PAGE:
Some victims are haunted for years by gossip
All eyes are trained on her these days, but Alyson Lozoff, Miss Teen Canada, remembers a hurtful time not long ago when classmates used to turn their backs on her to engage in gossip.
While Internet chat rooms have increasingly become an avenue for today’s cyber-bullies, a private all-girls school hallway was the scene of Alyson’s torment. “It’s far worse in person, when you walk down the hall and see four to five girls turn around and whisper,” says Alyson, an 18-year-old college student in Montreal who was picked on because of her good looks and athletic ability. “You just feel like everybody’s talking about you, and you don’t know what to do about it.”
Alyson made bullying her platform after winning the national title last June. She visits schools regularly to conduct workshops on the issue. “I feel (students) can relate to me more because I’m younger and I have gone through it not too long ago.”
Alyson says the experience forced her to grow up faster and develop into a stronger person. But some victims are haunted for years by the pain inflicted upon them. Others have committed suicide. A few months ago two Montreal-area teens committed suicide after being bullied, including a 17-year-old girl who hanged herself after being gossiped about on the Internet. In March 2000 a 14-year-old boy killed himself by jumping from a bridge in New Westminster, B.C., after being bullied and teased.
Miss Teen Canada, Alyson Lozoff (left), is a survivor of gossip.
Lori Rubin, coordinator of a program that helps teachers deal with serious behavioural problems among students, says gossip has become a rampant problem in schools. “It’s a power trip,” says Lori who is with the English Montreal school board. “It holds kids hostage.”
Among elementary students, it’s mainly girls who gossip about other girls, say experts. Students who lack confidence become easy targets. But gossipers also go after students who are different from them in some way—such as size, economic status, clothing, disability, ethnicity or religious custom. In high school, gossip is often about the opposite sex, with some of the most hurtful refrains suggesting boys are gay and girls are promiscuous. “It’s a natural instinct if you don’t have alternatives,” says Lori.
Caitlin Healiy acknowledges that gossip leads to conflict but the 14-year-old says it’s an entrenched part of student life. “In teenager life, it’s in our brain …that you need to gossip,” says the Montreal student. Sumeera Aqeel, 14, says she first noticed gossip among her peers three years ago. The main topic for chatter was affection for boys. “Kids are squealers,” she says. “If you tell them something they tell the whole school.”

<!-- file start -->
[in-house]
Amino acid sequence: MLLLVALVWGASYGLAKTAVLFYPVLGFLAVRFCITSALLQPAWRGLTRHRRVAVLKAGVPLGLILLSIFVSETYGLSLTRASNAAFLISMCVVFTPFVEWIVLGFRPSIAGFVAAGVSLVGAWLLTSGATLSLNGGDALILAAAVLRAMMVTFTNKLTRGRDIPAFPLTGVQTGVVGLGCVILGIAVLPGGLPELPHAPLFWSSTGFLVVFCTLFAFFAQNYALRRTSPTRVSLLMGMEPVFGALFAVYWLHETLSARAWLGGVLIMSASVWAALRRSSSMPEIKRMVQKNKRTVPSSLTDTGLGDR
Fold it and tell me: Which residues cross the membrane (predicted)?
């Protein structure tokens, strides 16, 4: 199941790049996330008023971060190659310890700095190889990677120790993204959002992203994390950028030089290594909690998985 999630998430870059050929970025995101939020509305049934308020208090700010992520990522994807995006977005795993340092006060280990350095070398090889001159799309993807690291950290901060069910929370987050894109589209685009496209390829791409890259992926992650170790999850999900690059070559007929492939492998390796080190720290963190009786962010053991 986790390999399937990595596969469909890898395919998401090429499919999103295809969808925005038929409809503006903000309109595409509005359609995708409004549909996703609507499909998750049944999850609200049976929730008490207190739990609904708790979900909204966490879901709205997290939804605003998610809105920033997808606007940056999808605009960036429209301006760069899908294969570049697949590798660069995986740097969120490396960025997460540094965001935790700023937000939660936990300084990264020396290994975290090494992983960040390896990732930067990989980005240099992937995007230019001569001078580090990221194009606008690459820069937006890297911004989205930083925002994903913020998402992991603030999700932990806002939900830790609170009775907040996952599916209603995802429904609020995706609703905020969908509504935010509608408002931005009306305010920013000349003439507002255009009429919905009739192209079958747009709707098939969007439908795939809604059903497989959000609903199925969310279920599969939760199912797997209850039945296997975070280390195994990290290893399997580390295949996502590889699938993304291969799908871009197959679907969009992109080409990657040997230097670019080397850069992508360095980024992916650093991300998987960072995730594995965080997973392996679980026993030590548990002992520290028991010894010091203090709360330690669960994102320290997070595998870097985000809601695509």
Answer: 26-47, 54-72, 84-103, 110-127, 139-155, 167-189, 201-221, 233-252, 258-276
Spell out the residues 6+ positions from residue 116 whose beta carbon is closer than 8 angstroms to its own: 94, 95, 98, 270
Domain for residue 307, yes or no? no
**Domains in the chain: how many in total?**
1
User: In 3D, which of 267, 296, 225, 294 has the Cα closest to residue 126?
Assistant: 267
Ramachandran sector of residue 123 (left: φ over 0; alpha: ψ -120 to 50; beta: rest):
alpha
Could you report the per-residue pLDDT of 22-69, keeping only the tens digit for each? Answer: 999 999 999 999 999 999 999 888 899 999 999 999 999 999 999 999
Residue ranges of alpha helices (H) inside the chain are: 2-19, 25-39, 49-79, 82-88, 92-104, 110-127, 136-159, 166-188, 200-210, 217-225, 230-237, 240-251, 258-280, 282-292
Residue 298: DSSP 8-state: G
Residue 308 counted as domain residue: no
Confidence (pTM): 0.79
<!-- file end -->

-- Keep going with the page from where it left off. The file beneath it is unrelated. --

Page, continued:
Some researchers have argued that gossip is a human instinct that dates back to the Stone Age. “Its primary function is to help us make social comparisons,” Jack Levin, co-author of Gossip: The Inside Scoop, says in Psychology Today. But Lori says gossiping students mirror the actions of family and the media. Television and magazines are filled with celebrity gossip. Reality shows like the Survivor series are predicated on gossip, alliances and voting people off the island. “That is a reflection of school life,” says Lori. “It’s scary.”
Tackling the problem early is important, says Aileen Daley, spokeswoman of Peaceful Schools International. The charitable group based in Nova Scotia initiated a gossip-free day (October 17) to get kids thinking about the ill-effects of rumours and gossip. “Gossip can be the root of a lot of conflicts in schools,” says Aileen. In Ontario, some Roman Catholic school boards have tried to use their religious values in teaching about gossip and bullying. “We use Catholic values as a signpost,” says John Stadnyk, superintendent of education at the Huron-Superior Catholic district school board in Sault Ste. Marie, Ontario. In the recent Ontario throne speech, the province’s new Liberal government vowed to introduce an anti-bullying hotline and develop programs in all provincial schools.
Angela Clark, founder of Intervention SOS, a group that educates students about bullying, says gossip crushes a student’s self-esteem and can be more harmful than physical violence. “If somebody just comes along and punches you, it’s not touching who you are,” she says. “But when someone’s crushing inside, touching the personality and affecting how other people see you… how do you defend yourself against that?”
If you encounter gossip:
1. Speak out. Tell your friends that gossiping is a waste of time and no one benefits from it.
2. Turn it around. Say something nice about the person being talked about.
3. Move on. Walk away and don’t be part of the problem by sticking around to listen.